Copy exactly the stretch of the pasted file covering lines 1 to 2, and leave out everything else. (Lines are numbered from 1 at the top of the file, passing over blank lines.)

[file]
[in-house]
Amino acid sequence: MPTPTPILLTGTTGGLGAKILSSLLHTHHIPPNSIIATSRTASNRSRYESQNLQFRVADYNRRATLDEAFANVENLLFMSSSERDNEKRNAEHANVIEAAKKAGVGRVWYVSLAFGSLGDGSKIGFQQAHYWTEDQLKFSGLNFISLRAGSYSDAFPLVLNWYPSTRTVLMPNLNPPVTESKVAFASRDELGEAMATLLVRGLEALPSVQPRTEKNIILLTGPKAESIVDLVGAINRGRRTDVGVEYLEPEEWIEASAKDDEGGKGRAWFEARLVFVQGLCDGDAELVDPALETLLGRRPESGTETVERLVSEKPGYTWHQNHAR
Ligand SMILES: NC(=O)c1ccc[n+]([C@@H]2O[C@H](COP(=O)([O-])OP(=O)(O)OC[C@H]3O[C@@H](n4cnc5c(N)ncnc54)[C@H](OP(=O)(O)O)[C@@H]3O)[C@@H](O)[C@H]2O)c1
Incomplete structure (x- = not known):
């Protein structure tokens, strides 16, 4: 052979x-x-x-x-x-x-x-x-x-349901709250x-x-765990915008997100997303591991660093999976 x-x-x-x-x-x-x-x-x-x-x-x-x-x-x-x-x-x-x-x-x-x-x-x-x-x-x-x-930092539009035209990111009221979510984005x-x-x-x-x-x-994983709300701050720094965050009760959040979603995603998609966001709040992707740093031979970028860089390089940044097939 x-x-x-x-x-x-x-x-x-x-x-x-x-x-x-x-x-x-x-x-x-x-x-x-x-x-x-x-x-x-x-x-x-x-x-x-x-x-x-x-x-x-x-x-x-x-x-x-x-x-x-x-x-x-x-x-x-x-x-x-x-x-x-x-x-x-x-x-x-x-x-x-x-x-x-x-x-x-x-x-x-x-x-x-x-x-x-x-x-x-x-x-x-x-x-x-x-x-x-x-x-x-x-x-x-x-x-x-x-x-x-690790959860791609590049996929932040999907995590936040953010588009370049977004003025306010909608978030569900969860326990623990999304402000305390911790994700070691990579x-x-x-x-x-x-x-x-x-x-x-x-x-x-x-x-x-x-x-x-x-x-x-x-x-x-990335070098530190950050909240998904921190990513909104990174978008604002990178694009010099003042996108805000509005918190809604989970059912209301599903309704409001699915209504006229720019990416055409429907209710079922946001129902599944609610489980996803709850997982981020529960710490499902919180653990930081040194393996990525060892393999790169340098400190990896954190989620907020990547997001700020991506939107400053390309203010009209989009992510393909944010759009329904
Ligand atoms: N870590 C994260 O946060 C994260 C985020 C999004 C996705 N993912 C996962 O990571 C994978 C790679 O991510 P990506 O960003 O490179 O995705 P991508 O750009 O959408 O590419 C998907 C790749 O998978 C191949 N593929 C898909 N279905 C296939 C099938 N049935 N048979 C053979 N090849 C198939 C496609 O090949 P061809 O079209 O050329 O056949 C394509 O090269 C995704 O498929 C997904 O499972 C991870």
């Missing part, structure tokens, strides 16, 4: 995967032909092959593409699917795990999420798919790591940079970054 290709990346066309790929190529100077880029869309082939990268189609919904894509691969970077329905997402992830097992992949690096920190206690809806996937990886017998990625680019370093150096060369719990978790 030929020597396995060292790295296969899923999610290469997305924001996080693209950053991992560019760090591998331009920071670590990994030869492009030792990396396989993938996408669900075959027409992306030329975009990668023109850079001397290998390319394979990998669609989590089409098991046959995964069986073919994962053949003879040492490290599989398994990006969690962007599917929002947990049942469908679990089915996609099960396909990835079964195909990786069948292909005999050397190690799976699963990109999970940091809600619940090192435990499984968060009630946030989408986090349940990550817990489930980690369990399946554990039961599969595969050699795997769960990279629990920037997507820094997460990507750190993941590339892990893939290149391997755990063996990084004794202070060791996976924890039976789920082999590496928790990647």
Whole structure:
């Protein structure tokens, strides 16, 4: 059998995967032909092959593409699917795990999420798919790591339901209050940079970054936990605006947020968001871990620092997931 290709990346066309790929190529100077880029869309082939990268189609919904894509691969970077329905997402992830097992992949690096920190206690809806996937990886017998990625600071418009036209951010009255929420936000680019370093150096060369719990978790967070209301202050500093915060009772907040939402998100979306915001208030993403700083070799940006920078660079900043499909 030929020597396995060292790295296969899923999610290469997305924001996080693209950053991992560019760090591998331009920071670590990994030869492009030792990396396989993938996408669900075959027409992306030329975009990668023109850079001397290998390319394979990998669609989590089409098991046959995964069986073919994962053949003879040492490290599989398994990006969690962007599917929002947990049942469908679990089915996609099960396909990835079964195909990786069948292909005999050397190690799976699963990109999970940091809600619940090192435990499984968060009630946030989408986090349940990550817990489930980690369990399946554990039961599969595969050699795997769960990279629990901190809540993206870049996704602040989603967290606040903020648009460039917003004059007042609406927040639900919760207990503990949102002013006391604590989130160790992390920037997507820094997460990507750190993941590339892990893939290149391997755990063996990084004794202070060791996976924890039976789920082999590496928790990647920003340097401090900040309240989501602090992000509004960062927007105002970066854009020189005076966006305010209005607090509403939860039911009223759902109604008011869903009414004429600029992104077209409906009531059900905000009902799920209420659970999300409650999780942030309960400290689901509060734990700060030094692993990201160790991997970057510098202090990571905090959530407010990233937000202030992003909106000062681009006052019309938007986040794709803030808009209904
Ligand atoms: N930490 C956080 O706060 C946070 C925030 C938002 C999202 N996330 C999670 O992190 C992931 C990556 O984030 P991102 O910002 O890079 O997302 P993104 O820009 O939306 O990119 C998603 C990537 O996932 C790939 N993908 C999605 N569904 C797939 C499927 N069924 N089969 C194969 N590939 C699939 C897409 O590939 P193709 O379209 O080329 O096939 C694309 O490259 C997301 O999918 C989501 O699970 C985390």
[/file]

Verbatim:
[in-house]
Amino acid sequence: MPTPTPILLTGTTGGLGAKILSSLLHTHHIPPNSIIATSRTASNRSRYESQNLQFRVADYNRRATLDEAFANVENLLFMSSSERDNEKRNAEHANVIEAAKKAGVGRVWYVSLAFGSLGDGSKIGFQQAHYWTEDQLKFSGLNFISLRAGSYSDAFPLVLNWYPSTRTVLMPNLNPPVTESKVAFASRDELGEAMATLLVRGLEALPSVQPRTEKNIILLTGPKAESIVDLVGAINRGRRTDVGVEYLEPEEWIEASAKDDEGGKGRAWFEARLVFVQGLCDGDAELVDPALETLLGRRPESGTETVERLVSEKPGYTWHQNHAR